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Tagged with Inductee Profiles & Insights

Why Craig Newmark Sits at the Top and Bottom of Craigslist

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Craig Newmark calls his recent induction into the Internet Hall of Fame for building Craigslist a “clerical error.” If it were (and it most definitely is not), there would be a certain symmetry to it. Errors, or happy accidents, have a way of finding the eccentric technologist. Newmark’s eponymous...

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Father of Australian Internet Warns of Address Crunch

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Geoff Huston, the gadfly who got Australia online, warns that address shortage could strangle the Internet. Geoff Huston was born the year television arrived in Australia. But his parents wouldn’t let him watch....

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Nancy Hafkin Brought Internet to Africa, Now She’s Tackling Tech Gender Divide

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Before Nancy Hafkin came along, Internet in Africa hardly existed. From the late 1980s until 2000, Hafkin worked for the United Nations Economic Commission for Africa (UNECA), the branch of the United Nations focused on economic development in all countries in Africa. While working in Ethiopia,...

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Asian Internet Traces Roots To Kilnam Chon

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Kilnam Chon brought the internet to Asia. And you’d have to say the move was successful. In South Korea — where Chon led a research team that installed the first two nodes on Asia’s first internet protocol network — broadband connections are used in over...

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Before Google and GoDaddy, There Was Elizabeth Feinler

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Before GoDaddy and Network Solutions and VeriSign, there was Elizabeth Feinler and the NIC. From 1972 to 1989, Elizabeth “Jake” Feinler ran the Network Information Center at the Stanford Research Institute in Menlo Park, California — the place that oversaw the use of internet addresses before the...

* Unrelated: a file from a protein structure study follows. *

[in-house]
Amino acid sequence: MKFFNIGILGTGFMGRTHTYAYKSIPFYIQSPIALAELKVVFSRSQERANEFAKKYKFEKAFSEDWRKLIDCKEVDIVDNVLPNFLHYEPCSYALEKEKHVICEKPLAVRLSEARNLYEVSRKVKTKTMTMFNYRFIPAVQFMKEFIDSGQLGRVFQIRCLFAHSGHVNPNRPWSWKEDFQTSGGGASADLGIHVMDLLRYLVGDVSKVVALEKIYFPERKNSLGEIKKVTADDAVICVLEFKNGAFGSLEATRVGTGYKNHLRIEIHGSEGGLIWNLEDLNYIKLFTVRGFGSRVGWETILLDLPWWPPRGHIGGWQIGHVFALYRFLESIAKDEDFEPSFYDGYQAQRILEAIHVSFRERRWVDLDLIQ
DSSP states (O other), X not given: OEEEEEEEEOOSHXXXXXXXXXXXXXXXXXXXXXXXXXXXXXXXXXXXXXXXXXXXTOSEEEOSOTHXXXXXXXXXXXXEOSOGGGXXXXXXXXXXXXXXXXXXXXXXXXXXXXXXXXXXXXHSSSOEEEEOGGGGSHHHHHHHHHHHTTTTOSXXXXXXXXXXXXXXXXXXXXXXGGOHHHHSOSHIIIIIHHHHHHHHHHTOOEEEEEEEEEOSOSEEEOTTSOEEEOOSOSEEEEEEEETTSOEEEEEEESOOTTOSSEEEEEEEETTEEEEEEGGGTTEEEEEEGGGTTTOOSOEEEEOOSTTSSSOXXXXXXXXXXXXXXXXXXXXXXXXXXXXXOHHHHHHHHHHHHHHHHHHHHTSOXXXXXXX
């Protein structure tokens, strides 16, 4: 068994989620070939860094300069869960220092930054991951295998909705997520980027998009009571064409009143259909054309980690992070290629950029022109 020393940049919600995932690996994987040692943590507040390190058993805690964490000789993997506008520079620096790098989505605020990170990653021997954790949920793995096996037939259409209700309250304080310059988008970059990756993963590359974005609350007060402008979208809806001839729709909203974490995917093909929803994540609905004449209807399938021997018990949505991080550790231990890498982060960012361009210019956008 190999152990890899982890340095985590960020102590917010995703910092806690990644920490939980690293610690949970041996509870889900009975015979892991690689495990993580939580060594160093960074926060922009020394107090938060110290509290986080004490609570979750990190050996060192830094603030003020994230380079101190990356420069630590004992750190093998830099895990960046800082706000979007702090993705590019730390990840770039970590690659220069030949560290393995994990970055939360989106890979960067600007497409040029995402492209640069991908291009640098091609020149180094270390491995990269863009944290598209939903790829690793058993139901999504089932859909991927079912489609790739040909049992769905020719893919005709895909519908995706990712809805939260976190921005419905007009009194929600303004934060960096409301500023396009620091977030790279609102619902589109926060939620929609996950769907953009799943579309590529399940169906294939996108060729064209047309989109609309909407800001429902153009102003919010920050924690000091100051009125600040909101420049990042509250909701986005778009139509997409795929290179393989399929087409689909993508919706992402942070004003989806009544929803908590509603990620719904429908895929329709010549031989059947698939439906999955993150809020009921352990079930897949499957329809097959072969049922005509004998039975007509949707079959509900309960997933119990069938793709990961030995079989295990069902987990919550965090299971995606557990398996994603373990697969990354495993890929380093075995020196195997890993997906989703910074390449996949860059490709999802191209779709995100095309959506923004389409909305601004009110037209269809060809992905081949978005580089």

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Berners-Lee: World Finally Realizes Web Belongs to No One

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Sir Tim Berners-Lee is the reason you’re reading this story in a web browser, complete with hypertext and an internet address that looks like this: http://www.wired.com/wiredenterprise/2012/06/sir-tim-...

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Van Jacobson Denies Averting Internet Meltdown in 1980s

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All Van Jacobson wanted to do was upload a few documents to the internet. Unfortunately, it was 1985. The internet wasn’t yet called the internet. It was called the ARPAnet, and it had only recently been upgraded to the TCP/IP protocol that still underpins the internet today. Jacobson was teaching...

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Meet the Man Who Invented the Instructions for the Internet

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Steve Crocker was there when the internet was born. The date was Oct. 29, 1969, and the place was the University of California, Los Angeles. Crocker was among a small group of UCLA researchers who sent the first message between the first two nodes of the ARPAnet, the U.S. Department of Defense–...

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Unrepentant Hippie and World Networker Randy Bush Enters Net’s Hall of Fame

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The network doesn’t spread itself. Humans have to do it. And Randy Bush, a longtime network engineer, has been spreading the internet around the world since the 1980s on his free time, something he considers to be an extension of the radical and progressive politics of his parents and grandparents...

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Mozilla's Mitchell Baker on Being the Alternative to Microsoft, Google and Apple

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Fourteen years ago, as a lawyer for Netscape, Mitchell Baker created the open source license that made Netscape’s code free. It was a fateful event for both Baker and the web: Baker ended up leading a small skunkworks project called Mozilla that was eventually spun out into a standalone foundation...

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